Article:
Research has to contribute towards agricultural systems that are compatible with food sovereignty and community access to food.
Photo: © G. Nicolay

Challenges and opportunities for organic research and extension

Organic farming holds the great promise to solve some of the environmental and social problems caused by conventional agriculture. To play this role at the global level, farmers need access to essential knowledge on efficient ways, sustainable means and support structures that encourage organic practices and incentives to adopt them.

Public and private support for organic farming research, extension and education lag far behind the funding, infrastructure and staff involved in conventional and biotech agriculture. While most organic agricultural research is carried out in temperate climates, the need to conduct organic agriculture research is arguably greater in the tropics, with their more dynamic and fragile ecosystems.

This research should be targeted to organic farms and their concrete challenges and not to satisfy research interest alone. Farmer education facilities are almost nonexistent and in Africa, many agricultural universities are in severe financial needs and have very limited resources available for state-of-the-art organic research and teaching.
To be sustainable, an agricultural system must be productive and profitable over a long time. To test such properties, the research design must take into account meaningful criteria that help measure and monitor a system’s stability, resilience and productivity across a large area over many years. This requires a research design that is compatible with an ecological approach that factors in biodiversity and ecosystem services. All of these aspects make organic farming research a greater challenge than conventional research.

Where is research most urgently needed?

Among the top research priorities identified over the years by organic farmers and practitioners are weed management, plant breeding leading to locally adapted and higher yielding seed, soil fertility restoration, biological control, practical biodiversity, and marketing and policy incentives.

Weed management. Organic farmers depend on a combination of cultural, physical and biological practices to reduce yield losses from weed pressure. No-till annual cropping systems avoiding herbicides hold great promises for carbon sequestration and soil conservation, but will take years to optimise. Cover crops offer a low-cost and ecology-based method to  suppress weeds when their variety selection and timing can be optimised.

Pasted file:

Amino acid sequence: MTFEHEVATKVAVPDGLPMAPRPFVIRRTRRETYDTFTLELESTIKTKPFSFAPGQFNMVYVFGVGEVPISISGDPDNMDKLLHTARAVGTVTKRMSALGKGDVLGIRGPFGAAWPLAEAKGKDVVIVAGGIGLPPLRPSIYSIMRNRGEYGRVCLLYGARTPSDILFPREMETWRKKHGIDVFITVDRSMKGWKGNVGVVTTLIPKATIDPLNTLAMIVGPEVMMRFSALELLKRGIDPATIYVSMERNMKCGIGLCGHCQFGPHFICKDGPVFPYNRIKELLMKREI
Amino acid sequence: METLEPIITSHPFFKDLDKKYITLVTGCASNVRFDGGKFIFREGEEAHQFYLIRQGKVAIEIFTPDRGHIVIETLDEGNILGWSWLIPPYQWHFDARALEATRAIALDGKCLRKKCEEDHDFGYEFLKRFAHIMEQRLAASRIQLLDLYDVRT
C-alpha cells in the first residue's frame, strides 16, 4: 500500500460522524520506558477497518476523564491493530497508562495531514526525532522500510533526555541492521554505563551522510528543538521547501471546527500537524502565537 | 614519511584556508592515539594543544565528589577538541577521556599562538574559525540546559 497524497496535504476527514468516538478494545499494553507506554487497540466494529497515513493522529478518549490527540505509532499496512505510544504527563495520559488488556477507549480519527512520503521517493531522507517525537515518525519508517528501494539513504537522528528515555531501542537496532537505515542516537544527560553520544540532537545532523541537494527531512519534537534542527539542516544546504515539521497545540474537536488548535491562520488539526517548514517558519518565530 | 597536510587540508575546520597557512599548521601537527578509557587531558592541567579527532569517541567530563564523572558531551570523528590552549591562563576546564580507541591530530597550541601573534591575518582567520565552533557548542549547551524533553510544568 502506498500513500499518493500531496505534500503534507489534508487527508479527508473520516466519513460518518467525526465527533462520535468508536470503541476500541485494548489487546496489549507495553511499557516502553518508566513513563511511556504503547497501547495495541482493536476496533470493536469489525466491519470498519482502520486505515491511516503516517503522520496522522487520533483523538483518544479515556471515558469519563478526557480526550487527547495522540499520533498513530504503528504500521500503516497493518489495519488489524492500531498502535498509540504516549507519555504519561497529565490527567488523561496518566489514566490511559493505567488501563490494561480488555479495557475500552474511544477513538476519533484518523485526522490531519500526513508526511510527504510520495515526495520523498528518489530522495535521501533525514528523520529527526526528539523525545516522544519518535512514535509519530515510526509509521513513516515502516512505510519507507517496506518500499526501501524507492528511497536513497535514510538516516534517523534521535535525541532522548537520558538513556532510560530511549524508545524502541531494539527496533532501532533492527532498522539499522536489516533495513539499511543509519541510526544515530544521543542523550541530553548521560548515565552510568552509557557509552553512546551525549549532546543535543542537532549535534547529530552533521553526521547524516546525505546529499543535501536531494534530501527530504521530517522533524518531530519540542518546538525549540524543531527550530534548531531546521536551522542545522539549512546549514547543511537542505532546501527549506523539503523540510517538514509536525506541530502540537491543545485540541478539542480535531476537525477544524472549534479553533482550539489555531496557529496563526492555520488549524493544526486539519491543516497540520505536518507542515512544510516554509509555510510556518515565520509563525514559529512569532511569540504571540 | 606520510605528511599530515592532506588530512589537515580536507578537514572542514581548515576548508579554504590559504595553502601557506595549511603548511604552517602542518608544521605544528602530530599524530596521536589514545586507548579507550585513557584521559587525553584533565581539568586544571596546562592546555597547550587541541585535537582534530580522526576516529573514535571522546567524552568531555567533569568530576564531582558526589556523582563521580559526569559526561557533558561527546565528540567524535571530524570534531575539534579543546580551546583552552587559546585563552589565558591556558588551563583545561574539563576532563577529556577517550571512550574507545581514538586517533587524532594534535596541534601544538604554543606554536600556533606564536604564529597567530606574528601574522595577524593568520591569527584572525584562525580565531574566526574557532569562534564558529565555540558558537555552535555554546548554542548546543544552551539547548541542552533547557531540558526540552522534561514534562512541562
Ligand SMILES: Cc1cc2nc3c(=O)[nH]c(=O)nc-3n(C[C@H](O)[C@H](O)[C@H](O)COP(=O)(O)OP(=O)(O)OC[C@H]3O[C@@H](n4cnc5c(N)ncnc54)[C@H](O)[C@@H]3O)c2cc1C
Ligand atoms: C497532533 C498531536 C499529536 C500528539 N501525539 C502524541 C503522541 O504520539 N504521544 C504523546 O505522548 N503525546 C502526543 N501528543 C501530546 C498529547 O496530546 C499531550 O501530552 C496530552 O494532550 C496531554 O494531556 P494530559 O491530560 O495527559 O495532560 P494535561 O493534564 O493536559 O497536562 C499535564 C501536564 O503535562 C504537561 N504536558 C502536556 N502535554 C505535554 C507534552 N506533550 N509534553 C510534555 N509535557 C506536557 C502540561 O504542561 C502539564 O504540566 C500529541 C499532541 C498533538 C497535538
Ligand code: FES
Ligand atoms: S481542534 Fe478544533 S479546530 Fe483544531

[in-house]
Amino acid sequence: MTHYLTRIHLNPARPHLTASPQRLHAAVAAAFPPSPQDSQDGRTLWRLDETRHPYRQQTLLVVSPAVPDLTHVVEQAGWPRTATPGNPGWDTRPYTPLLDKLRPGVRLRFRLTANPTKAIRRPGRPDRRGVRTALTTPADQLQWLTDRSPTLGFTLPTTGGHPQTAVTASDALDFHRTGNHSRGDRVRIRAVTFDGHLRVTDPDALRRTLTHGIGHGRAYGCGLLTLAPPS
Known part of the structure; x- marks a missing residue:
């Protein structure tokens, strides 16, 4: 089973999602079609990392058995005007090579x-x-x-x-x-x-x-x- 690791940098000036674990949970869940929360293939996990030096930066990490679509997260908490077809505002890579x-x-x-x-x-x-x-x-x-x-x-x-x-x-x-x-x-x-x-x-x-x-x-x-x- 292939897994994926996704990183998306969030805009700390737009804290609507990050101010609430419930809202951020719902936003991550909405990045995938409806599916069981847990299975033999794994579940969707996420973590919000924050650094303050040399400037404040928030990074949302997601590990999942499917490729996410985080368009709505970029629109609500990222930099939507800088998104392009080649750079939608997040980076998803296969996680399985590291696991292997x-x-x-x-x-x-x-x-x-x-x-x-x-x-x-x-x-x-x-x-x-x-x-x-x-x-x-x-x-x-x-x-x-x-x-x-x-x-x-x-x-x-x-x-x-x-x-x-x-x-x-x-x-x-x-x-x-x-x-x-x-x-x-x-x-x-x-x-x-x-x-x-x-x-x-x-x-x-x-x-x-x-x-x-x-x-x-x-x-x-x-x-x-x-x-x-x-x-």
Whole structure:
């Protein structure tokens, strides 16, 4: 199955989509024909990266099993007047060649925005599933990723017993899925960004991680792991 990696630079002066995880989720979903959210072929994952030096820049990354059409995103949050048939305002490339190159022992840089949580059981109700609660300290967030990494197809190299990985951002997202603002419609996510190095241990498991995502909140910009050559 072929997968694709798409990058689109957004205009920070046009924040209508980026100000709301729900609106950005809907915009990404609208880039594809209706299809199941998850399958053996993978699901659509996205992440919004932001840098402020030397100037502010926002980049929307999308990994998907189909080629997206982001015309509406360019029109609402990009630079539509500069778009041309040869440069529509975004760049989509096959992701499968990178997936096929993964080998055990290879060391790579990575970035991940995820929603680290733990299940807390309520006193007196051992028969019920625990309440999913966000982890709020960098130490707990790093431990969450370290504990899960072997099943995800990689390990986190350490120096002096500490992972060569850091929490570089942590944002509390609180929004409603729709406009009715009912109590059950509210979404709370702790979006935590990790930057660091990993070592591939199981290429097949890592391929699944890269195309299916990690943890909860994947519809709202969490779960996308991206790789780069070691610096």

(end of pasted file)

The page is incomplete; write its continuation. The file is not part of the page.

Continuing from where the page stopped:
Plant breeding for low-input and organic farming conditions. Varieties that are responsive to nutrients slowly released from organic matter by biological activity are needed to decrease the need for chemical inputs and increase the efficiency of nutrient cycling. Participatory breeding programmes are rapidly emerging to meet farmers’ needs, but such efforts require research support.

Soil fertility restoration. Soil scientists have long been aware that the soil has to be based on soil organic matter and a healthy population of soil organisms in order to cycle nutrients efficiently. More beneficial species are being identified and scientists are making progress in understanding their roles in nutrient cycling, disease suppression and crop health. These ecological webs are often site-specific, depending on soil type, crop, climate and other factors. Science has still a long way to go to fully understand and address the critical issues of desertification and declining soil fertility.

Biological pest and disease control. Classical biological control – the introduction and augmentation of populations of beneficial organisms – has still not caught up with the amount of research that has gone into chemical control. Locally based farmer-researcher associations should test and improve innovations based on biocontrol agents and adapted cultural practices. Farmer associations also have a history of work in pioneering and optimising the efficient rearing, delivery and release of beneficial organisms. Optimal value addition and minimisation of crop losses after harvest is a high priority to increase the food supply and enhance profitability of organic produce.

Marketing and policy research. Farmers need market information to take optimal decisions with regard to the crops to be grown, how, and for what market. A good understanding of consumer preferences and value chain and food web functioning is essential to help both farmers and other actors to optimise their collaboration to fulfil expectations, especially among quality-conscious consumers. Social science research has to go beyond market studies. Since consumers do not pay for all the environmental services and other benefits of organic agriculture, studies should also help to develop recommendations on how to best promote organic food for consumers and policy-makers to help farmers recover the full value of the different benefits organic farming creates. And food systems need to be compatible with food sovereignty and community access to food.

Processes to reinforce

Farmer education. As a farmer-centred and grassroots movement, organic agriculture has largely relied on farmer-to-farmer networks and exchanges to disseminate information. Research has to support the linking of the farmers with the other stakeholders in the food supply chain, specifically markets for organic food in developing countries. At the same time, farmer knowledge needs to be valued as a source of experience and a base for innovation. This can be accelerated by investing in farmer education, which will also empower the rural communities.

Networking. Organic agriculture research is still at a formative stage, and needs to build related human capacities. Farmer innovators and farmer organisations grouped around value chains have to build networks to commonly solve their many problems and address their specific research needs to the scientists.